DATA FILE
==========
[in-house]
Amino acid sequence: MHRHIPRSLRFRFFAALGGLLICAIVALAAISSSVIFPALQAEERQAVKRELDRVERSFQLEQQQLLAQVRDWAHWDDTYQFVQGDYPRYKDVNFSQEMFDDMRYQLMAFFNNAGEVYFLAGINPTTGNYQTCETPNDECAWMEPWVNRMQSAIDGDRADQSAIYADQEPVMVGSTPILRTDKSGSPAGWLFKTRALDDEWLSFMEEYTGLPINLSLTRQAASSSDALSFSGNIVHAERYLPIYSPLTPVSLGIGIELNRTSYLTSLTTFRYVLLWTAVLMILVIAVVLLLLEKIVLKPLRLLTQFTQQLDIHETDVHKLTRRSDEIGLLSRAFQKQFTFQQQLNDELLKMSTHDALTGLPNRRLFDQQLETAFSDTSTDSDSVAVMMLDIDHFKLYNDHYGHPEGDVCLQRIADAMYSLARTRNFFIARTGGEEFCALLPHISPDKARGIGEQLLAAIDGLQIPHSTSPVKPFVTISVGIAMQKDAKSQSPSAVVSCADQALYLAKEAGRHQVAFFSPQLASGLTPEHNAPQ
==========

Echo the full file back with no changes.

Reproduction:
[in-house]
Amino acid sequence: MHRHIPRSLRFRFFAALGGLLICAIVALAAISSSVIFPALQAEERQAVKRELDRVERSFQLEQQQLLAQVRDWAHWDDTYQFVQGDYPRYKDVNFSQEMFDDMRYQLMAFFNNAGEVYFLAGINPTTGNYQTCETPNDECAWMEPWVNRMQSAIDGDRADQSAIYADQEPVMVGSTPILRTDKSGSPAGWLFKTRALDDEWLSFMEEYTGLPINLSLTRQAASSSDALSFSGNIVHAERYLPIYSPLTPVSLGIGIELNRTSYLTSLTTFRYVLLWTAVLMILVIAVVLLLLEKIVLKPLRLLTQFTQQLDIHETDVHKLTRRSDEIGLLSRAFQKQFTFQQQLNDELLKMSTHDALTGLPNRRLFDQQLETAFSDTSTDSDSVAVMMLDIDHFKLYNDHYGHPEGDVCLQRIADAMYSLARTRNFFIARTGGEEFCALLPHISPDKARGIGEQLLAAIDGLQIPHSTSPVKPFVTISVGIAMQKDAKSQSPSAVVSCADQALYLAKEAGRHQVAFFSPQLASGLTPEHNAPQ